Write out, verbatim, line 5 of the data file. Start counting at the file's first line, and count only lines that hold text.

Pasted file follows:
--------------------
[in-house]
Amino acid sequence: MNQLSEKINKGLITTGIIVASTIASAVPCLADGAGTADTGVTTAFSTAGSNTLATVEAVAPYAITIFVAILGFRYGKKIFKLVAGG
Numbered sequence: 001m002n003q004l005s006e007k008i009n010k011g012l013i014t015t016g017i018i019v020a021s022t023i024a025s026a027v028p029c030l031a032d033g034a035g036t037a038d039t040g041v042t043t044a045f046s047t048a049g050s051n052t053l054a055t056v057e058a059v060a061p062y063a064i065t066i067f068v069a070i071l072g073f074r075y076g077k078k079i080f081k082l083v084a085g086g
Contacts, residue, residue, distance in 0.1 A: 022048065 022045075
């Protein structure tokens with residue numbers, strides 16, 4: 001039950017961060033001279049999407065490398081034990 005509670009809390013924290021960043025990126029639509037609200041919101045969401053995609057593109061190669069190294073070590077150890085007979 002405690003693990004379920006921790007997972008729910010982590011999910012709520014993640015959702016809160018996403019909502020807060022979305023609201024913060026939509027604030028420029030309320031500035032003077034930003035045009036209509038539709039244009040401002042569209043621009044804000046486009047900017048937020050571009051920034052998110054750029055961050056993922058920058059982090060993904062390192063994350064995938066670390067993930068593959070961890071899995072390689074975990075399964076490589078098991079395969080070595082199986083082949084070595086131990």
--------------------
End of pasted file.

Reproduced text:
């Protein structure tokens with residue numbers, strides 16, 4: 001039950017961060033001279049999407065490398081034990 005509670009809390013924290021960043025990126029639509037609200041919101045969401053995609057593109061190669069190294073070590077150890085007979 002405690003693990004379920006921790007997972008729910010982590011999910012709520014993640015959702016809160018996403019909502020807060022979305023609201024913060026939509027604030028420029030309320031500035032003077034930003035045009036209509038539709039244009040401002042569209043621009044804000046486009047900017048937020050571009051920034052998110054750029055961050056993922058920058059982090060993904062390192063994350064995938066670390067993930068593959070961890071899995072390689074975990075399964076490589078098991079395969080070595082199986083082949084070595086131990």